While the protagonist Jane Eyre does not explicitly face mental health challenges in the novel, her journey towards self-discovery and independence can be seen as a symbolic triumph over societal expectations and restrictions that often contribute to poor mental well-being in the Victorian era.
Jane Eyre leaves Mr. Rochester's house due to a series of events and personal reasons. Jane refuses to become his mistress and chooses to leave Thornfield Hall. Despite strong feelings for Mr. Rochester, Jane values her moral principles and self-respect, making the decision to leave and seek independence.
Therefore, she bravely departs, from this toxic relationship, embarking on a journey that ultimately leads to her finding her true self and attaining a fulfilling life.
By exploring themes of madness, confinement, and autonomy through Bertha’s character, who has mental health issues that deteriorate to madness and is then a burden to the misogynistic and male-dominating Mr Rochester.
Mr. Rochester's behaviour exhibits narcissistic traits. He often displays a sense of superiority and self-importance, expecting others to conform to his wishes and desires. He manipulates those around him, including Jane, to ensure his own satisfaction and fulfilment. This sense of entitlement and self-centredness is indicative of narcissistic tendencies.
Additionally, Mr. Rochester's desire for Jane Eyre to be submissive and dependent on him can also be attributed to the patriarchal norms of the time. He seeks a woman who will conform to societal expectations of femininity and who will rely on him for protection and support. This desire for dominance and control over women is a characteristic of the patriarchal system.
Brontë: The author highlights the importance of acknowledging and addressing societal mental health issues. This enduring message resonates with readers even today, advocating that the mentally ill be treated with more dignity than they were often given in the Victorian period.
When Rochester introduces his West-Indian-born wife Bertha to Jane after a thwarted attempt to marry her, she writes, “It grovelled, seemingly, on all fours; it snatched and growled like some strange wild animal” (Brontë 285). Bertha’s motions and noises indicate that she has a mental illness, which persists until her suicide. Bertha is described in a way that makes her seem inhuman to justify Mr. Rochester infidelity.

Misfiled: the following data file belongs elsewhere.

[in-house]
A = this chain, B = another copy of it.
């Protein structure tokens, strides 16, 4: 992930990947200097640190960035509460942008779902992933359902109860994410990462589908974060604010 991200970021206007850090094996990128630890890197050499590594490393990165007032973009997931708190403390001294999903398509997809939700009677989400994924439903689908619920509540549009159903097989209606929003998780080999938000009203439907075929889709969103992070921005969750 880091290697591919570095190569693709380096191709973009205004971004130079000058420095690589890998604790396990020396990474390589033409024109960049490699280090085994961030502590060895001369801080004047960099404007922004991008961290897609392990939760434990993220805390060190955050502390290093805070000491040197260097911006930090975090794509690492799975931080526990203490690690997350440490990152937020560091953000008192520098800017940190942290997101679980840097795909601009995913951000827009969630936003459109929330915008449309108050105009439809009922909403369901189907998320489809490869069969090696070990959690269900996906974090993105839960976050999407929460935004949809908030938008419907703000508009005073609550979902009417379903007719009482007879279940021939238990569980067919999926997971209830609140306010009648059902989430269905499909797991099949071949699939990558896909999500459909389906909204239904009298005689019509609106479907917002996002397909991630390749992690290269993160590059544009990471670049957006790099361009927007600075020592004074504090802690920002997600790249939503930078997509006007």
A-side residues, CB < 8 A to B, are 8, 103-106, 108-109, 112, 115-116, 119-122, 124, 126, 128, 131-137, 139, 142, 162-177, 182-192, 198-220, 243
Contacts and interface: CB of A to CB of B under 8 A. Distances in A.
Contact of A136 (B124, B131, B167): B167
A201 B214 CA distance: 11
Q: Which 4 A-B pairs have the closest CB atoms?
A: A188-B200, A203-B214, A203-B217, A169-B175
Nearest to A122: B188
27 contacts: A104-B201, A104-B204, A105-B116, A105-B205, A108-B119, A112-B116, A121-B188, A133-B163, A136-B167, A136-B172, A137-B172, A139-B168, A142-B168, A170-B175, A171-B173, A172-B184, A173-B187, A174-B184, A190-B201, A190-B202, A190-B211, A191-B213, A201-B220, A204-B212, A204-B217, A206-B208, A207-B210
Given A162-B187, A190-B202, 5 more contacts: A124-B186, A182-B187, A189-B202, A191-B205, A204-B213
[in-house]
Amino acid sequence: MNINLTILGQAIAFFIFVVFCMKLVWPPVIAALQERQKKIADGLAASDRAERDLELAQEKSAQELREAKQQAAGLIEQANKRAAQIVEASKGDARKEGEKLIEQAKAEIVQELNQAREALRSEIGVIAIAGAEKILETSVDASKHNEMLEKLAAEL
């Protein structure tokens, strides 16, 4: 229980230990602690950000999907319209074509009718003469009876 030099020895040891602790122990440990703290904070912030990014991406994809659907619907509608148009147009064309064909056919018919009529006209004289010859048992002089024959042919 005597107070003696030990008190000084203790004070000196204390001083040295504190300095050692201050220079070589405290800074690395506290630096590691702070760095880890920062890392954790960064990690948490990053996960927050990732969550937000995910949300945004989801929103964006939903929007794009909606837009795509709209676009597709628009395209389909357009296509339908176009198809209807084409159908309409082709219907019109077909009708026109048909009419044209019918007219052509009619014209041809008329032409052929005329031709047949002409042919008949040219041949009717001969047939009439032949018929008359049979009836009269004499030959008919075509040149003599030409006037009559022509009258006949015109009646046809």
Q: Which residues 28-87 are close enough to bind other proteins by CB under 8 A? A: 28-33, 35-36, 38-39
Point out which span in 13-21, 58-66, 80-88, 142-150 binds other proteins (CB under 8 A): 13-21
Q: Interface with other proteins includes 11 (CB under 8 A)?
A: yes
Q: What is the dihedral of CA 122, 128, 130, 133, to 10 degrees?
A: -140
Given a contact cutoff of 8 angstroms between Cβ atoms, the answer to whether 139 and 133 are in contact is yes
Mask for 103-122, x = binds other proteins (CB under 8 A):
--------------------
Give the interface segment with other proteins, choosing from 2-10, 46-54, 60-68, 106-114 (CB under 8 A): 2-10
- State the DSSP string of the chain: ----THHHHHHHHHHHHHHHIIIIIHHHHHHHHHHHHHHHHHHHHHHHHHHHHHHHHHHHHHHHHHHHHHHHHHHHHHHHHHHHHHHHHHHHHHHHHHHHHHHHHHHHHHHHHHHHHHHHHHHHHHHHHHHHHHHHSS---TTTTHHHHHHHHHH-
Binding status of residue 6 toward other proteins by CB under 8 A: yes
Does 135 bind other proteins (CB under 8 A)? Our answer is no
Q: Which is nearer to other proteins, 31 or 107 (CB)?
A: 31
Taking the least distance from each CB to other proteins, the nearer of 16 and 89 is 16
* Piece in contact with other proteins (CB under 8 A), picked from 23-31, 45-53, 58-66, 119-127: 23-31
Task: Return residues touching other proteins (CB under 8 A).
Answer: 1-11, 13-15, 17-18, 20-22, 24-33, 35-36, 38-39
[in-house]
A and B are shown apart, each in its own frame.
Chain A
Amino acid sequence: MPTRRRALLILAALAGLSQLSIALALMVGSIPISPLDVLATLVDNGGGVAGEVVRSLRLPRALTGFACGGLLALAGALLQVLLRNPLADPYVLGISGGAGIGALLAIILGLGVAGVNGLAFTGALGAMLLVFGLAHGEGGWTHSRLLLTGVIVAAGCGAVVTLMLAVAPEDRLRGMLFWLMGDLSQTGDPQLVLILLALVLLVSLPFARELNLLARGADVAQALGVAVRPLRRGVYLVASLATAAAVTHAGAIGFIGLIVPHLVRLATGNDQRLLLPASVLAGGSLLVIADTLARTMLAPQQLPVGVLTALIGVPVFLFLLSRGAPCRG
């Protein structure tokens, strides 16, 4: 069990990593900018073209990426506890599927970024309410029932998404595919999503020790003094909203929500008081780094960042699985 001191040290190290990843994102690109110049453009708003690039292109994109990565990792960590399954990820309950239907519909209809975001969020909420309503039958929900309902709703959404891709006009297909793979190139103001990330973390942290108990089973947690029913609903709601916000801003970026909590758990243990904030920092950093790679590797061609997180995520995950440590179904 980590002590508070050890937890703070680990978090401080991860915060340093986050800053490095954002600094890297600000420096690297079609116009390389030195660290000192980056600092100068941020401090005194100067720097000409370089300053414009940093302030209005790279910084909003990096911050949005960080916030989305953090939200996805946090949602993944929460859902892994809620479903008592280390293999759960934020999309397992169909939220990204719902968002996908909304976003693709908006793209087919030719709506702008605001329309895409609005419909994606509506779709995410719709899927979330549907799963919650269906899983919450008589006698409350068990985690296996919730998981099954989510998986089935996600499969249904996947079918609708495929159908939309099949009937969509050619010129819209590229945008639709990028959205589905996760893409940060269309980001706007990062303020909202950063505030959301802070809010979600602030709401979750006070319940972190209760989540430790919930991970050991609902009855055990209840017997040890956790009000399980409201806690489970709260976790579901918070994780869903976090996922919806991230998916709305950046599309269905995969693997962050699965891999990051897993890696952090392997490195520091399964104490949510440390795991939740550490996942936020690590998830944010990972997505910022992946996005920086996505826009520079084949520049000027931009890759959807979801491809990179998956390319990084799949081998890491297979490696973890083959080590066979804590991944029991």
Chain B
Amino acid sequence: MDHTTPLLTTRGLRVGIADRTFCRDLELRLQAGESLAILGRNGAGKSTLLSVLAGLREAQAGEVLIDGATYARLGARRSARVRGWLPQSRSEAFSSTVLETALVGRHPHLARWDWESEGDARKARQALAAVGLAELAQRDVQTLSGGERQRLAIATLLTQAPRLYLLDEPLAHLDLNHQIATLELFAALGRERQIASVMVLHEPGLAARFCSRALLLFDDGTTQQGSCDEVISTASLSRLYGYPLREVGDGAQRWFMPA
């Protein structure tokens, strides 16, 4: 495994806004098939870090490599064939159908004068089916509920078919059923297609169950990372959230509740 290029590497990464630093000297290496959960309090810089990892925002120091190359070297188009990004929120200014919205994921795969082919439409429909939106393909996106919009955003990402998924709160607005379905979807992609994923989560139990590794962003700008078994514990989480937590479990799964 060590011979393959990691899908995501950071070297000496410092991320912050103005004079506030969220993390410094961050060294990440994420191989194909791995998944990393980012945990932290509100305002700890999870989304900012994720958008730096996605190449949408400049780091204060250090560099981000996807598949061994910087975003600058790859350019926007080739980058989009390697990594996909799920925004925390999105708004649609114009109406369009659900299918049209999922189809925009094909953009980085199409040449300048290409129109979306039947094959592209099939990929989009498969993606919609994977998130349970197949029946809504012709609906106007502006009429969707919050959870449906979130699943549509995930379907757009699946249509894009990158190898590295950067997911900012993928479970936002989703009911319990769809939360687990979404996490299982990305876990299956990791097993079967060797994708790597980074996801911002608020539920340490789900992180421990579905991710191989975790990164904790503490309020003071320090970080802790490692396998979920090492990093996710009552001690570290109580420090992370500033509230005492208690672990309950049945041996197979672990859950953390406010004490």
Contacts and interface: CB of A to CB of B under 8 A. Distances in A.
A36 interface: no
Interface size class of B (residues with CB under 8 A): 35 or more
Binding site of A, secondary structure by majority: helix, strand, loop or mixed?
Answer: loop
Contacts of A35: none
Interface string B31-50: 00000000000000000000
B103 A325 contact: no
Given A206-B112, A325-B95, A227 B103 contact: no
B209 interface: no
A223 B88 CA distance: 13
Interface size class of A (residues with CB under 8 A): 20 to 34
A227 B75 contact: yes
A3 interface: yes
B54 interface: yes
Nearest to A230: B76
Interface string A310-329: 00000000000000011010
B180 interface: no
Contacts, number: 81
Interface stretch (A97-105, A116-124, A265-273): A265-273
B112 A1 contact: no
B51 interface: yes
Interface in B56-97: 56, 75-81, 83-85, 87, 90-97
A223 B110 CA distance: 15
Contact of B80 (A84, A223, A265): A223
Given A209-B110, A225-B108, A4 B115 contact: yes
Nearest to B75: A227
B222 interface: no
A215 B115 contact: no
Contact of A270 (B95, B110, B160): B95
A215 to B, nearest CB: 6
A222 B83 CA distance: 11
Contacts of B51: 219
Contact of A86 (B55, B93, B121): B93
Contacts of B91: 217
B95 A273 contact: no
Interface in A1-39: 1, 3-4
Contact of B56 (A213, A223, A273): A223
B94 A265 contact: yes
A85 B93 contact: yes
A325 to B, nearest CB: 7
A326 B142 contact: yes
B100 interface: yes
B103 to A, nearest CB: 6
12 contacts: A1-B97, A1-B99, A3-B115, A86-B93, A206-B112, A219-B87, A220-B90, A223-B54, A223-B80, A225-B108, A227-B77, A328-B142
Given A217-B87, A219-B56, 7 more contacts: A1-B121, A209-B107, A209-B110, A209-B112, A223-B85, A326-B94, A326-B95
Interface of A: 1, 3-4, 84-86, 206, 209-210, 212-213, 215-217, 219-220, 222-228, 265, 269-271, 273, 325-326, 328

Rüggemeier suggests that Bertha’s condition is influenced by the male medical discourse of the time, which often associated femininity with hysteria and madness. These sermons served to control and marginalise women who deviated from societal norms and expectations, and the implications this had for female characters in the novel.
Brontë depicted Bertha Mason in Jane Eyre, as a woman suffering from a familial disorder with the prominent behavioural and cognitive decline with violent movements, likely culminating in suicide, which had striking similarities to the features of Huntington’s disease.
Brontë fictional psychotic character has continually captured bibliophiles’ attention and sparked discussion over her possible diagnosis and the treatment of patients with neuropsychiatric disorders such as Huntington’s disease.
Conclusion: Brontë’s characterisation within her novel may have increased awareness of the treatment of neuropsychiatric patients in the Victorian era. This act of adultery is also a central conflict in the novel.
Mr Rochester is already married to Bertha, whom he keeps hidden in the attic of Thornfield Hall for ten years. His relationship with Jane Eyre, begins with him concealing his marriage and engaging in a romantic involvement with her.
Overall, by portraying a Mistress to Mr. Rochester's adultery and evidence of narcissism in "Jane Eyre." Charlotte Brontë explores themes of morality, personal responsibility, trust and the consequences of selfish actions.
Rüggemeier, Anne. “Female Mental Illness, Monstrosity, and Male Medical Discourses: Revisiting Jane Eyre.” Monsters and Monstrosity in 19th-Century Anglophone Literature, special section of Anglistik, vol. 30, no. 3, Winter 2019, pp. 73–88. MLA